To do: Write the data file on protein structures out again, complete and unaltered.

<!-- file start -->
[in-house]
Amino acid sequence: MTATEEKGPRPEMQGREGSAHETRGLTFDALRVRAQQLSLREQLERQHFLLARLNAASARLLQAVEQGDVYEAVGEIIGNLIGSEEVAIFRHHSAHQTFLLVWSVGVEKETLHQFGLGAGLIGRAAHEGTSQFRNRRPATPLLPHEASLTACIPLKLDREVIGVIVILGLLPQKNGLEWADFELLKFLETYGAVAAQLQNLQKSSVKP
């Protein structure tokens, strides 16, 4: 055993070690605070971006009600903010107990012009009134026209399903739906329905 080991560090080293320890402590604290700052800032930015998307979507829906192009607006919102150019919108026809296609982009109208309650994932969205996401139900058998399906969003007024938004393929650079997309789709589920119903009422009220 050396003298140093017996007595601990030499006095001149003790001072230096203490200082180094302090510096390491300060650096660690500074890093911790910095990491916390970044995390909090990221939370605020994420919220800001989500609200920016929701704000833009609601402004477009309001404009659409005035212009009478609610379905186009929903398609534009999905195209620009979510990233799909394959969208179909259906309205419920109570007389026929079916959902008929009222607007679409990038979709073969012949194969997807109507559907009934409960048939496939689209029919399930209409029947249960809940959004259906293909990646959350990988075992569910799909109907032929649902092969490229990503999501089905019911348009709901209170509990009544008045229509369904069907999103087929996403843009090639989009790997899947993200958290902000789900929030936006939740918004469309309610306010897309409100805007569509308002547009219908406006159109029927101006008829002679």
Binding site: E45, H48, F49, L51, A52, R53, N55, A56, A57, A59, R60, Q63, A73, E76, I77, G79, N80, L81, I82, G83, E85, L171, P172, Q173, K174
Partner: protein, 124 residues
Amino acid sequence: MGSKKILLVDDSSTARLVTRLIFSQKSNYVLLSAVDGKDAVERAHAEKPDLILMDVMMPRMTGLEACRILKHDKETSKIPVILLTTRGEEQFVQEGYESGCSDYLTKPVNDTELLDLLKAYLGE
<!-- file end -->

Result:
[in-house]
Amino acid sequence: MTATEEKGPRPEMQGREGSAHETRGLTFDALRVRAQQLSLREQLERQHFLLARLNAASARLLQAVEQGDVYEAVGEIIGNLIGSEEVAIFRHHSAHQTFLLVWSVGVEKETLHQFGLGAGLIGRAAHEGTSQFRNRRPATPLLPHEASLTACIPLKLDREVIGVIVILGLLPQKNGLEWADFELLKFLETYGAVAAQLQNLQKSSVKP
């Protein structure tokens, strides 16, 4: 055993070690605070971006009600903010107990012009009134026209399903739906329905 080991560090080293320890402590604290700052800032930015998307979507829906192009607006919102150019919108026809296609982009109208309650994932969205996401139900058998399906969003007024938004393929650079997309789709589920119903009422009220 050396003298140093017996007595601990030499006095001149003790001072230096203490200082180094302090510096390491300060650096660690500074890093911790910095990491916390970044995390909090990221939370605020994420919220800001989500609200920016929701704000833009609601402004477009309001404009659409005035212009009478609610379905186009929903398609534009999905195209620009979510990233799909394959969208179909259906309205419920109570007389026929079916959902008929009222607007679409990038979709073969012949194969997807109507559907009934409960048939496939689209029919399930209409029947249960809940959004259906293909990646959350990988075992569910799909109907032929649902092969490229990503999501089905019911348009709901209170509990009544008045229509369904069907999103087929996403843009090639989009790997899947993200958290902000789900929030936006939740918004469309309610306010897309409100805007569509308002547009219908406006159109029927101006008829002679």
Binding site: E45, H48, F49, L51, A52, R53, N55, A56, A57, A59, R60, Q63, A73, E76, I77, G79, N80, L81, I82, G83, E85, L171, P172, Q173, K174
Partner: protein, 124 residues
Amino acid sequence: MGSKKILLVDDSSTARLVTRLIFSQKSNYVLLSAVDGKDAVERAHAEKPDLILMDVMMPRMTGLEACRILKHDKETSKIPVILLTTRGEEQFVQEGYESGCSDYLTKPVNDTELLDLLKAYLGE